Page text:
a (small) fruited plain (garden 2012)

As in past years, any area of our yard that gets full sun is cultivated for vegetable gardening in the summer. Aaron is a gardening master. And while most people would say that I’m the stereotypical woman with all sorts of nurturing instincts and he’s more of the brute hunter-gatherer, when it comes to plants we are totally opposite. All the gardening successes are his, and we have already enjoyed 2 fresh tomatoes. The first one is pictured here, and Aaron chose not to smile because he wanted everyone to know he takes his agricultural projects very seriously. 

Then over here, I will confess my own gardening disaster. This is the third year in a row that I’ve entirely destroyed a bunch of plants. This isn’t supposed to be that  hard, and I’m determined to get the hang of this before I turn 30.  I started a bunch of pansies and something else from seed in the kitchen this spring, then transplanted them into pots, along with ferns, hostas, and sedum from the back yard. I painted almost all the planters to match each other and selected some stumps to use as plant stands. I give myself an A for artistic vision, a B on decor follow through, and a D on plant-nurturing. I won’t say an F since some of them are still alive. They started off well, which you can see in the big picture, but the two side pictures illustrate what it all looks like now.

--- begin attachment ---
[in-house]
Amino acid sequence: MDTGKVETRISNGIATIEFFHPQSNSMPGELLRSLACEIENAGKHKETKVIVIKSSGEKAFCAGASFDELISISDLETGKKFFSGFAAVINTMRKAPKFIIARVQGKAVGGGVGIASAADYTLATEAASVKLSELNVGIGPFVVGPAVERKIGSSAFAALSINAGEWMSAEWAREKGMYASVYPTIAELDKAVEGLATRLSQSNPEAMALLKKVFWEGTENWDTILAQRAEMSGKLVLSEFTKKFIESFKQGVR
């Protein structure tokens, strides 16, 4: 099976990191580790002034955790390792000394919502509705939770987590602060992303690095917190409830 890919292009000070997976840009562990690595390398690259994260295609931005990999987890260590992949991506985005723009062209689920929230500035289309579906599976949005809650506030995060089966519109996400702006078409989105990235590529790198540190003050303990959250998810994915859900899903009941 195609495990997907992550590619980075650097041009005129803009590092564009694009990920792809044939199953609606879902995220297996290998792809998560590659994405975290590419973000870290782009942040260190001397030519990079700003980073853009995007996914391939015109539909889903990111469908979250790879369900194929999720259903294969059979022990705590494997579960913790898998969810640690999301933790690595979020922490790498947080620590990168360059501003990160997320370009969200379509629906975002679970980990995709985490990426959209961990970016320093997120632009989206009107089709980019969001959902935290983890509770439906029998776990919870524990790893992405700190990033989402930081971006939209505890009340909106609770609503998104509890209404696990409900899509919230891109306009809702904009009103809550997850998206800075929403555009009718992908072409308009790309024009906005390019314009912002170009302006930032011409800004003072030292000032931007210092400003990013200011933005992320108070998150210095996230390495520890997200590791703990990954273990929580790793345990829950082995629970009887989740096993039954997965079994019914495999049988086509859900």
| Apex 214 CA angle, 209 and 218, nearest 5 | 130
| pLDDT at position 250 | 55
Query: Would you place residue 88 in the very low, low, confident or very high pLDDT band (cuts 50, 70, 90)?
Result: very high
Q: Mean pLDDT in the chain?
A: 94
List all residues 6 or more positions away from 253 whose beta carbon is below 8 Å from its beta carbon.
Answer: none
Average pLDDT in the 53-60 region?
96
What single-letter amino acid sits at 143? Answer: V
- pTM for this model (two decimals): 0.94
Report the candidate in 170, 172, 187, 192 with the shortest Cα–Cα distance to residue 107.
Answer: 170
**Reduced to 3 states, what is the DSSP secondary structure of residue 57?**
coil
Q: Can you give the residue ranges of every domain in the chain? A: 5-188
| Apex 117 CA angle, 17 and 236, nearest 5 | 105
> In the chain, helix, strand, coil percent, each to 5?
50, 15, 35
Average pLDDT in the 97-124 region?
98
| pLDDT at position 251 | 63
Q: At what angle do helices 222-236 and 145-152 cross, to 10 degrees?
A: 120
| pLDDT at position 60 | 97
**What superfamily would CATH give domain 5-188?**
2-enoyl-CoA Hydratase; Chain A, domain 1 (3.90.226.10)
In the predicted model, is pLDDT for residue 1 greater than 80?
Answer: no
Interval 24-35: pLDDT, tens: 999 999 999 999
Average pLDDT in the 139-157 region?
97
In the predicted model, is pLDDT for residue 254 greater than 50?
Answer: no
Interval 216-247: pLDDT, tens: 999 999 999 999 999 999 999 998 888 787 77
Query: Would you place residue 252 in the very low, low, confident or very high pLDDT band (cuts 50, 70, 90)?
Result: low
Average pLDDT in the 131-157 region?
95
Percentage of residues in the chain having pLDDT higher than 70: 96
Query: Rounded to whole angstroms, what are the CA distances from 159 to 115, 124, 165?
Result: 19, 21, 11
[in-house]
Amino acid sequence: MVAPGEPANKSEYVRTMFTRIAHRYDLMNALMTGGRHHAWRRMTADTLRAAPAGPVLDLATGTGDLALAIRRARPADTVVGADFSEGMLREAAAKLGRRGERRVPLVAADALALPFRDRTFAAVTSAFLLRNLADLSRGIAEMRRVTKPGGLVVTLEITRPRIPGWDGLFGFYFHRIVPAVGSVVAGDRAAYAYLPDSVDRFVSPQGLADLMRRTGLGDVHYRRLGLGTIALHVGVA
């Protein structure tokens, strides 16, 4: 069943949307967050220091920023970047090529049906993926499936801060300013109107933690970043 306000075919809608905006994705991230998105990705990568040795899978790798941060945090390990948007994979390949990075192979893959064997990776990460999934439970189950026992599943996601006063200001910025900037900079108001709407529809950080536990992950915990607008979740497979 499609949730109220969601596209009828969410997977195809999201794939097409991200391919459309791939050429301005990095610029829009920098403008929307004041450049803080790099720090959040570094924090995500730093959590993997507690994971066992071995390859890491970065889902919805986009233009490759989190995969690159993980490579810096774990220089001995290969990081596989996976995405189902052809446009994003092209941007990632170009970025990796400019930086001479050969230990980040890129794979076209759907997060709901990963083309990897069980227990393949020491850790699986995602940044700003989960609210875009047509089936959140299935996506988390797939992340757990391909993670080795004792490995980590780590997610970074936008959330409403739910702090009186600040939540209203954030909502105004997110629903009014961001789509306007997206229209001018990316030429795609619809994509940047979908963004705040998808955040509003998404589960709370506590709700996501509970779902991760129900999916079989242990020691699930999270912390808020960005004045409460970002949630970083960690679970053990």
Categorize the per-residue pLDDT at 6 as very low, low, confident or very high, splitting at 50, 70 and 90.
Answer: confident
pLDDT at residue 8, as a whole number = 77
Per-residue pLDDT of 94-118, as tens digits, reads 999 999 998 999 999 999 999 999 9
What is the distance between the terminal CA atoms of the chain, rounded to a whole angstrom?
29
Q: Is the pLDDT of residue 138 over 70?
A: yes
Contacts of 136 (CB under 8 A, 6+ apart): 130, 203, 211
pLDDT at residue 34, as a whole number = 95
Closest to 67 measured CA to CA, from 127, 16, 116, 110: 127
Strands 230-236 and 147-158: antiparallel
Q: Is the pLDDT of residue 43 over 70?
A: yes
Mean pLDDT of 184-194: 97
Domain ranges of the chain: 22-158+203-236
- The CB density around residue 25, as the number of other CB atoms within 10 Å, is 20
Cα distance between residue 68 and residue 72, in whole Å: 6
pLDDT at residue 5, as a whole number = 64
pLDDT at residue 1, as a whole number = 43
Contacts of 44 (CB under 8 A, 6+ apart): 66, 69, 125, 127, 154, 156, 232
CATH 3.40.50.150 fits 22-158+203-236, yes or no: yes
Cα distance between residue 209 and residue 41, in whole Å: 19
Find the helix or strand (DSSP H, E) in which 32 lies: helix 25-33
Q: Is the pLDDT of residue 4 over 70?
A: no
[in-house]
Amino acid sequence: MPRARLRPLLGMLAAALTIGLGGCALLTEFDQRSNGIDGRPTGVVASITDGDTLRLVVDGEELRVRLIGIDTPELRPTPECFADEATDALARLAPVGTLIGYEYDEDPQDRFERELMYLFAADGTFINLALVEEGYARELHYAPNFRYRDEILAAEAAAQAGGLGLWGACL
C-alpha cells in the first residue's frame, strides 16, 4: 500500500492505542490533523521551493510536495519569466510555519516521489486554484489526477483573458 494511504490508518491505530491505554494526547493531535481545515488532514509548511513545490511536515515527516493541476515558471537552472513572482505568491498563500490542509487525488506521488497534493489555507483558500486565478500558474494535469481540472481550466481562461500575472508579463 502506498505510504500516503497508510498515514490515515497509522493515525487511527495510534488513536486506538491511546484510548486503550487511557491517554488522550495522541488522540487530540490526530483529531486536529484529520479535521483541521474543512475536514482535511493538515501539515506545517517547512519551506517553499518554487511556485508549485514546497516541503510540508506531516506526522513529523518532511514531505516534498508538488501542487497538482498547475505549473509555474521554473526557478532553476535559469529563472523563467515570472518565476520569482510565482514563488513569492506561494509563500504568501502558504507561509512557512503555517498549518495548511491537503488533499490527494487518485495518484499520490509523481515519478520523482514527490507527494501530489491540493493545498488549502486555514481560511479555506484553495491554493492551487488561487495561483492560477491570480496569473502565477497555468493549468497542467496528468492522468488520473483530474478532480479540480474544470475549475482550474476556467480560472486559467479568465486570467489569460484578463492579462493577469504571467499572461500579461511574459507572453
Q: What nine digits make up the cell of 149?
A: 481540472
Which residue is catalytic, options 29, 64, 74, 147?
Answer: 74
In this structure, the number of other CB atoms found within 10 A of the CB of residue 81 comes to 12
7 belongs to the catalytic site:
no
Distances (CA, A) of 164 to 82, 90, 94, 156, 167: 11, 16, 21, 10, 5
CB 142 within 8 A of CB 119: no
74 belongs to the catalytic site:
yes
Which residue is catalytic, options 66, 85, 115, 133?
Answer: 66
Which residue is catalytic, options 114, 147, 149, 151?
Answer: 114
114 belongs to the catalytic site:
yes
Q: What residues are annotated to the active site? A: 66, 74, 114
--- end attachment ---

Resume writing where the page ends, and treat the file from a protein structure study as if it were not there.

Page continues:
I should also mention that, since I wanted to make salsa this summer, Aaron ordered some onion plants and I carefully followed his directions for planting them in the big garden. They were also a total bust – they barely grew! We pulled them out to give more room for the tomatoes, so I chopped up what I could and threw them in the freezer. This way I can still say at least two of the salsa ingredients came from the garden.

3 thoughts on “a (small) fruited plain (garden 2012)

  1. Pingback: Shady Business « a cheerful heart has a continual feast

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